It is common these days to engage in revisionist history by claiming that the Founders were all "deists and pagans" and thus attempt to de-legitimize the presence of a godly influence in the American Experiment. But what are the facts?

Though there were many others involved in the historical and military actions of the Revolution, the important characters in play here are the intellectual architects of the Constitution. These are the men who subscribed to the ideological philosophies and political realities that became the framework on which this nation was based. There were 55 men who undertook this endeavor.
  • 28 Episcopalians
  • 8 Presbyterians
  • 7 Congregationalists
  • 2 Lutherans
  • 2 Dutch Reformed
  • 2 Methodists
  • 2 Roman Catholics
  • 1 Unknown affiliation
  • 3 Deists (Williamson, Wilson & Franklin)
These numbers reveal that 93% of the Founders claimed Christianity at a time when doing so required a sworn public confession of Biblical faith. Not only so, but 70% (the Episcopalians, Presbyterians and Dutch Reformed) were Calvinists -- considered by some to be the most extreme and dogmatic kind of Christian. All deists and pagans? No quite. But what about the most notable and outspoken of those who did claim deism?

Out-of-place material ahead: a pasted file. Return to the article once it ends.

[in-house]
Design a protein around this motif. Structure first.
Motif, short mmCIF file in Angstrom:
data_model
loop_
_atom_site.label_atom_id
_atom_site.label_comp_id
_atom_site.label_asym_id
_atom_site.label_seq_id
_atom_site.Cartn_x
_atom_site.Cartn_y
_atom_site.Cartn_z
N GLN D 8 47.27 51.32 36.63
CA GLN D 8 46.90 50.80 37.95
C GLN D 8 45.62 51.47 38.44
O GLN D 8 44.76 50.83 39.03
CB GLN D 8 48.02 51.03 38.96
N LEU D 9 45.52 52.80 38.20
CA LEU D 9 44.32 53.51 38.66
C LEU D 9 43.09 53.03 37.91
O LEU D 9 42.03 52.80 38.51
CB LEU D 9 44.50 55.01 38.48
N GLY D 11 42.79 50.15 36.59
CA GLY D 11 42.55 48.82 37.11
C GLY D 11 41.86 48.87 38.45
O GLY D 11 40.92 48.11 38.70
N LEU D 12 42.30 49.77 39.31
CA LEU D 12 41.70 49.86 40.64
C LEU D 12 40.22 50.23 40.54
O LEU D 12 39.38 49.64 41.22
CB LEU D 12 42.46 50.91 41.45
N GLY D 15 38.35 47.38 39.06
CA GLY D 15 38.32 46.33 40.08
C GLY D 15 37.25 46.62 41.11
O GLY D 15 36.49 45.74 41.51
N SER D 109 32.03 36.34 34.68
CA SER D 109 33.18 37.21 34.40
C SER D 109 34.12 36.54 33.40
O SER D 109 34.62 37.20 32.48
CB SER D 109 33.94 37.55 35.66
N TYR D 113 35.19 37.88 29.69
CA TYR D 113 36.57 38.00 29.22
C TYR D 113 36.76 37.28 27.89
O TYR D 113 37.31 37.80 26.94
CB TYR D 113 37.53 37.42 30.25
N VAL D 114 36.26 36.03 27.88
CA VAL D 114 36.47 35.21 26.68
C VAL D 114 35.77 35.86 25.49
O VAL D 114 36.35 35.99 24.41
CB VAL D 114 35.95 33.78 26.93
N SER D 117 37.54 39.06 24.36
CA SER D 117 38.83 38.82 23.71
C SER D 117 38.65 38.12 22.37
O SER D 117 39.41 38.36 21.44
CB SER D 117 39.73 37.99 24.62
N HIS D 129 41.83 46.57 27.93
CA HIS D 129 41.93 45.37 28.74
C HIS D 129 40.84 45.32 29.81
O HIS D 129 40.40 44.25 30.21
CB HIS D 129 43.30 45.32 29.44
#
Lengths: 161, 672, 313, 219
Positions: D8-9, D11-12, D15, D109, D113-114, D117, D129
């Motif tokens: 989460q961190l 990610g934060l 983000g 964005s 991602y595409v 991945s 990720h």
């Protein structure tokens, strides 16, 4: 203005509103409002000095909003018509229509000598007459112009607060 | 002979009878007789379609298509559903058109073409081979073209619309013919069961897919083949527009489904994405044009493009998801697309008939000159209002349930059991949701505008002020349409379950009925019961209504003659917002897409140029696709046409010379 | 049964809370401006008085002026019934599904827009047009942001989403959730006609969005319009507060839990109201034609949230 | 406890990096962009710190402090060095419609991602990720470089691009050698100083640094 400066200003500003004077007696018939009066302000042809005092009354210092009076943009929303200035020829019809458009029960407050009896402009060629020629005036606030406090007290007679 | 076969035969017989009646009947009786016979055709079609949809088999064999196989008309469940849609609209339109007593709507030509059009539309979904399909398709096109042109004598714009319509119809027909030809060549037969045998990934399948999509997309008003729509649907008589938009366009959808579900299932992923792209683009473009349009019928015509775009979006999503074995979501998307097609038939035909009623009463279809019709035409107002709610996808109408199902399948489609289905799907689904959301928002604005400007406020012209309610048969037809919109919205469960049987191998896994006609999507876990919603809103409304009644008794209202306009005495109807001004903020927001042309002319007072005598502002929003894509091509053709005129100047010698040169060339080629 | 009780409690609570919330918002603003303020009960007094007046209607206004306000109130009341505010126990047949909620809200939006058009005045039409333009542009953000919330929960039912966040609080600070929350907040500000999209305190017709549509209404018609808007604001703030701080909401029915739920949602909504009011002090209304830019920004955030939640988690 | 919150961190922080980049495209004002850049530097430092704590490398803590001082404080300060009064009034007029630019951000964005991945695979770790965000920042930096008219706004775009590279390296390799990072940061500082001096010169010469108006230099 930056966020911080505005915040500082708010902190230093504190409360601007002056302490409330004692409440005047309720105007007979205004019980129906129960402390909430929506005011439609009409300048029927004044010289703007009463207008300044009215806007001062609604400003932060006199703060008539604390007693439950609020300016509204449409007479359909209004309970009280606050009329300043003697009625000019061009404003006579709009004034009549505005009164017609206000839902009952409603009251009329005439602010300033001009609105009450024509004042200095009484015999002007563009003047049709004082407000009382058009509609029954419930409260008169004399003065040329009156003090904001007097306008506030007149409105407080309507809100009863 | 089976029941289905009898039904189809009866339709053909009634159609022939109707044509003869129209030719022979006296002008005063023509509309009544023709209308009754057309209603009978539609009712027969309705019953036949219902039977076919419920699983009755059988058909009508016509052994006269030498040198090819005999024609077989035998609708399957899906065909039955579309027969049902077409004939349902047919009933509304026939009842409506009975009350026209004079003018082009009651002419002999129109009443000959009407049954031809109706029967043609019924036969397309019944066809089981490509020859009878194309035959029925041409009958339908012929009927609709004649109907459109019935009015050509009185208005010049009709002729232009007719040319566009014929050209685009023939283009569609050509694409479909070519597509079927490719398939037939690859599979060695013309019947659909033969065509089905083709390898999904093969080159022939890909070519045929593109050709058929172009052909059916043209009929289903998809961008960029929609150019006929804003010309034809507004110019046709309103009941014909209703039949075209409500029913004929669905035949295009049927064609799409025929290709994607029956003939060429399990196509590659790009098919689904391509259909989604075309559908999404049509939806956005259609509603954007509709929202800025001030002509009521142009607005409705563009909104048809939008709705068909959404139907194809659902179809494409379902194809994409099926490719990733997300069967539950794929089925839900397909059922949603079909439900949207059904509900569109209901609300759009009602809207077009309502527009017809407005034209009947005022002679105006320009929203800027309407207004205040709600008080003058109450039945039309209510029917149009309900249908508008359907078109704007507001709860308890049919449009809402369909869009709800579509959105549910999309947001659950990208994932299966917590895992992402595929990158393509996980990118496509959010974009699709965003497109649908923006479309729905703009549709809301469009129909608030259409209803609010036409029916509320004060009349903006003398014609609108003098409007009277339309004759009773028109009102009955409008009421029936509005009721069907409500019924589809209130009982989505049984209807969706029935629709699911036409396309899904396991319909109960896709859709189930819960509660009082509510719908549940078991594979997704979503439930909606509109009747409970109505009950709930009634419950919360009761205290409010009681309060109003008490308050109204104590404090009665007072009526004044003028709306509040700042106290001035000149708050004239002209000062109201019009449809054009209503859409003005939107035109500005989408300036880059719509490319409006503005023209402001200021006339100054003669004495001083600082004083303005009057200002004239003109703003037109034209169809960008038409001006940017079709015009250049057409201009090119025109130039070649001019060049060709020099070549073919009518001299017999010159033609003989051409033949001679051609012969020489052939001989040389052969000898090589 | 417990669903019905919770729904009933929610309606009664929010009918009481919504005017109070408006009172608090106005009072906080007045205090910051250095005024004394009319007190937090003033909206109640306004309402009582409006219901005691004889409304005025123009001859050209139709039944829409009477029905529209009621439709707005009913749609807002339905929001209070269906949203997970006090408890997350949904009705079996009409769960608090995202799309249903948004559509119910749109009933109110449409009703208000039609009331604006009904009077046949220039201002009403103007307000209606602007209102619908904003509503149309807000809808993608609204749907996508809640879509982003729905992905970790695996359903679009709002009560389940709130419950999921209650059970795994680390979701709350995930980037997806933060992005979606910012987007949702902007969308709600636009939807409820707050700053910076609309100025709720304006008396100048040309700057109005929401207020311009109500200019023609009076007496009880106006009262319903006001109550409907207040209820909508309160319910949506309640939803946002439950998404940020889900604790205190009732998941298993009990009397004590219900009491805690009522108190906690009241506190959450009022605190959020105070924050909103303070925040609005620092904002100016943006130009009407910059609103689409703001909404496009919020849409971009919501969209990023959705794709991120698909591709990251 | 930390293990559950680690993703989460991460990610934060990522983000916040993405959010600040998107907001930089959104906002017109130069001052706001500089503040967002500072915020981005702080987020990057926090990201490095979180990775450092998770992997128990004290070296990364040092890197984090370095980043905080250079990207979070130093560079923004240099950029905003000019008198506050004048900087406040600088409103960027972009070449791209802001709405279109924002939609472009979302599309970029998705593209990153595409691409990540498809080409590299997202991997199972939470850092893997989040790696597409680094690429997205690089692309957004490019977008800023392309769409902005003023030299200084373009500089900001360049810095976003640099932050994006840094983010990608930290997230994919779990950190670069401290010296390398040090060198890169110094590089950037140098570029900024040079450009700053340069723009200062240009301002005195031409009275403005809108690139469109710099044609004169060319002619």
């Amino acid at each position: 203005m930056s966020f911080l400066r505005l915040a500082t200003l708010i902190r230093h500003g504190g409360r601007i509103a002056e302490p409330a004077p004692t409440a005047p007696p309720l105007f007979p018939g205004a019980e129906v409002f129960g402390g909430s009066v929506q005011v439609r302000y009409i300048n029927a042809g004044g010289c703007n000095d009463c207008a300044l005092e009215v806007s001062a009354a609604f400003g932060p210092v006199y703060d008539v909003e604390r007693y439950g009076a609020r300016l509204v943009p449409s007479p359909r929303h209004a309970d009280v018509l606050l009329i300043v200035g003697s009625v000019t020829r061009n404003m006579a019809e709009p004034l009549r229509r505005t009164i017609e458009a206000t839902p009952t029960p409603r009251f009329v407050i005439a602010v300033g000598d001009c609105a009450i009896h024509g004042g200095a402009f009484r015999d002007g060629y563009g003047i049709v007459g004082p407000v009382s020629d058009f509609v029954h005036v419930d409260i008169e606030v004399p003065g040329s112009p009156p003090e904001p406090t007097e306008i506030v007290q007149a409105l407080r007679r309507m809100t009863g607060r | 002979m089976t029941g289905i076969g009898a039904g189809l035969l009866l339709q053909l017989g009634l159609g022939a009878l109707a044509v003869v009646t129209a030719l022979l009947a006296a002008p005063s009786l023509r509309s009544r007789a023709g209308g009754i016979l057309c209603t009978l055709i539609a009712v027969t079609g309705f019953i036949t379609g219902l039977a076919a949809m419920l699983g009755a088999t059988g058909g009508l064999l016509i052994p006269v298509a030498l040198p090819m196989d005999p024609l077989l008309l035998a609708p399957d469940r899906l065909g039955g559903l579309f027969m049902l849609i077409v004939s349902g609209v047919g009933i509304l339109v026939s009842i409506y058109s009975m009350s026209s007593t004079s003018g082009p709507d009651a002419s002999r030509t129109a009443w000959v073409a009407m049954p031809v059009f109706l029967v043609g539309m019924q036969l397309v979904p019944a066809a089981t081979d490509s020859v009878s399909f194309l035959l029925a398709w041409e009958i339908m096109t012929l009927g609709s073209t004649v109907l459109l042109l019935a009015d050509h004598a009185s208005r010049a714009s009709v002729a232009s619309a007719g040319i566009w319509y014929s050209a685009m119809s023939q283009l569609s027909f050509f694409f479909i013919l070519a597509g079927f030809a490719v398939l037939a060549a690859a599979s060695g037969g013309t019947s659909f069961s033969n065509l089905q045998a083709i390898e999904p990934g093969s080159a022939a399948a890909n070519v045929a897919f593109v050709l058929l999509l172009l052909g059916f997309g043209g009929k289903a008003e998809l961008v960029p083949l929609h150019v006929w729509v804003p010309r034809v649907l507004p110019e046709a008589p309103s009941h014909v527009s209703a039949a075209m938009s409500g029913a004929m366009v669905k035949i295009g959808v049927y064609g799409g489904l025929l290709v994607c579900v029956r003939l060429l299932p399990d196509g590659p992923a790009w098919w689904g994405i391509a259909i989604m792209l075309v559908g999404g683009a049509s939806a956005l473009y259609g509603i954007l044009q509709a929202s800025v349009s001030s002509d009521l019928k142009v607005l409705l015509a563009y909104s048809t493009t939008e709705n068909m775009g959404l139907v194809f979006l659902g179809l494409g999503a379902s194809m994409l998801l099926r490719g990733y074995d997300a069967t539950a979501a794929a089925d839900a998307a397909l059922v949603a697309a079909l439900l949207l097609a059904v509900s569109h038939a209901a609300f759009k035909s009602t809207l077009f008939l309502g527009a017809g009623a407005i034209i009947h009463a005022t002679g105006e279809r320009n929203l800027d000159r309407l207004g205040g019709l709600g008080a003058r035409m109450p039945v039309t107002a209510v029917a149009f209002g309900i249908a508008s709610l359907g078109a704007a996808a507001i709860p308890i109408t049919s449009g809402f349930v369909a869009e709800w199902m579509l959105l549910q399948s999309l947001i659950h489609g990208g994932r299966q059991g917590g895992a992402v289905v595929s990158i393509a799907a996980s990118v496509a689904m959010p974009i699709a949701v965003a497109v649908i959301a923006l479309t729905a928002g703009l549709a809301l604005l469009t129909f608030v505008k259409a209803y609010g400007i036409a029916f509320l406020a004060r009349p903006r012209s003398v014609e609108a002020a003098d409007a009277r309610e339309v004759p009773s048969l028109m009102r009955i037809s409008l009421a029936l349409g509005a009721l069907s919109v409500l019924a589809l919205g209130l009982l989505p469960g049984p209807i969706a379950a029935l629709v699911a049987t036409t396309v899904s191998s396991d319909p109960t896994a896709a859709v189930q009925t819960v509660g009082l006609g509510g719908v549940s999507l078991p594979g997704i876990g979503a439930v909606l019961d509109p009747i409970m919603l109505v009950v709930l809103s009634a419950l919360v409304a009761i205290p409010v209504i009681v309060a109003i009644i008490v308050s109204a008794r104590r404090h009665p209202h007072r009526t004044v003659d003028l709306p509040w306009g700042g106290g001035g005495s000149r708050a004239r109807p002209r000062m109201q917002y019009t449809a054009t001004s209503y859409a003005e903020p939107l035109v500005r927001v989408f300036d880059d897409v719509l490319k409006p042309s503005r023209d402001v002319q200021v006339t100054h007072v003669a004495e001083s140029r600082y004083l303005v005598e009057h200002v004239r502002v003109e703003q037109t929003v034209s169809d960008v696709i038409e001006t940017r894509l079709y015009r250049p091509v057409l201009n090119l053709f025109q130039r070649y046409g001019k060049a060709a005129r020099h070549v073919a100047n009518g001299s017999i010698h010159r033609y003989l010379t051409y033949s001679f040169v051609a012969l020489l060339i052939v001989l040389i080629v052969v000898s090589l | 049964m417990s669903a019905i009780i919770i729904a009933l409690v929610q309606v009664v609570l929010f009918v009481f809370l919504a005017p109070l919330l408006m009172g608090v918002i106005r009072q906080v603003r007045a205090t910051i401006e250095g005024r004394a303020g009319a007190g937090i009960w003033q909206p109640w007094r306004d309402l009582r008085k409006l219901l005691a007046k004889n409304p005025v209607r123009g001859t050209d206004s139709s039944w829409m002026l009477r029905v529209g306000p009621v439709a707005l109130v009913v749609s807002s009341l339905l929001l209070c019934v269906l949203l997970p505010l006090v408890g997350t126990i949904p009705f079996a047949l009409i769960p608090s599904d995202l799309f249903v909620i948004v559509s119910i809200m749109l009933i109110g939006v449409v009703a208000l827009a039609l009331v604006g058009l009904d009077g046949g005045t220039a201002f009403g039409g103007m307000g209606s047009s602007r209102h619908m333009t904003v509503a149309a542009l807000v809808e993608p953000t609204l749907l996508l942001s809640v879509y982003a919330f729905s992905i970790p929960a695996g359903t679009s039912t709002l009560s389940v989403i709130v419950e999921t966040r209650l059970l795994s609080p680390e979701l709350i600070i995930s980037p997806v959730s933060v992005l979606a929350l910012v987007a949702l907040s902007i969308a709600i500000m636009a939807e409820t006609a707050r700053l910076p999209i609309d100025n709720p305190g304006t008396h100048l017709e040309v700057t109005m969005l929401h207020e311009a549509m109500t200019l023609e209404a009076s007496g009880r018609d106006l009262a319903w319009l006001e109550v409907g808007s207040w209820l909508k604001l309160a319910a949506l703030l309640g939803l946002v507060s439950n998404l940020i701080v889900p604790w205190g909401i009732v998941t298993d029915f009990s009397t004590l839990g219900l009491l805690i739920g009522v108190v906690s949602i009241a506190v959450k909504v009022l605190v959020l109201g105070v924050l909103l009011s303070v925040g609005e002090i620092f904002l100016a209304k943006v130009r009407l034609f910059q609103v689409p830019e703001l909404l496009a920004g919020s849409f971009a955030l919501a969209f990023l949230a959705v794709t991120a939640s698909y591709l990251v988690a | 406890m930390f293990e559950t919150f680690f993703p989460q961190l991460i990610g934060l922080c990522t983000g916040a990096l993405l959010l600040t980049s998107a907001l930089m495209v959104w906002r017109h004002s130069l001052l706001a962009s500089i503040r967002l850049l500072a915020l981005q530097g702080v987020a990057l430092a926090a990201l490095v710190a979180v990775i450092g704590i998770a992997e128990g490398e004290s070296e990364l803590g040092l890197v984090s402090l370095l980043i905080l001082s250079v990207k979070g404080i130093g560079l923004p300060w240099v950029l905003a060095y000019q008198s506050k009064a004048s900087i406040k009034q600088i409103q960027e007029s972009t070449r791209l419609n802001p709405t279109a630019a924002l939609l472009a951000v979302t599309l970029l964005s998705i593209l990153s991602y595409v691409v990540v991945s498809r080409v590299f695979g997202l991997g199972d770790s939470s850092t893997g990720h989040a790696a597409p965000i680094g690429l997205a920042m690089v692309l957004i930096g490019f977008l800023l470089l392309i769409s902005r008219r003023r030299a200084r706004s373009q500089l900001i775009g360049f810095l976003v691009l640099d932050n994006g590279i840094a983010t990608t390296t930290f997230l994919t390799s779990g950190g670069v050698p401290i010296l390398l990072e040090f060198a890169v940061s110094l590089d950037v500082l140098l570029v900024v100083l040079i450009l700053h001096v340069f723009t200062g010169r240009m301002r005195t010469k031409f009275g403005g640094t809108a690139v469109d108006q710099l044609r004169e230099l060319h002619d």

Ben Franklin was one. On June 28, 1787, it was Franklin the deist whose emotional appeal to engage in humble prayer brought the constitutional delegation out of a hopelessly stalled deadlock and led them to compromise. His words contained at least four direct references to Scripture:
... And have we forgotten that powerful Friend? Or do we imagine that we no longer need His assistance? I have lived, sir, a long time and the longer I live the more convincing proofs I see of this truth: that God governs in the affairs of men. And if a sparrow cannot fall to the ground without his notice, is it probable that an empire can rise without His aid? We have been assured, sir, in the sacred writings that 'except the Lord build the house, they labor in vain that build it.' I firmly believe this and I also believe that without His concurring aid, we shall succeed in this political building no better than the builders of Babel ...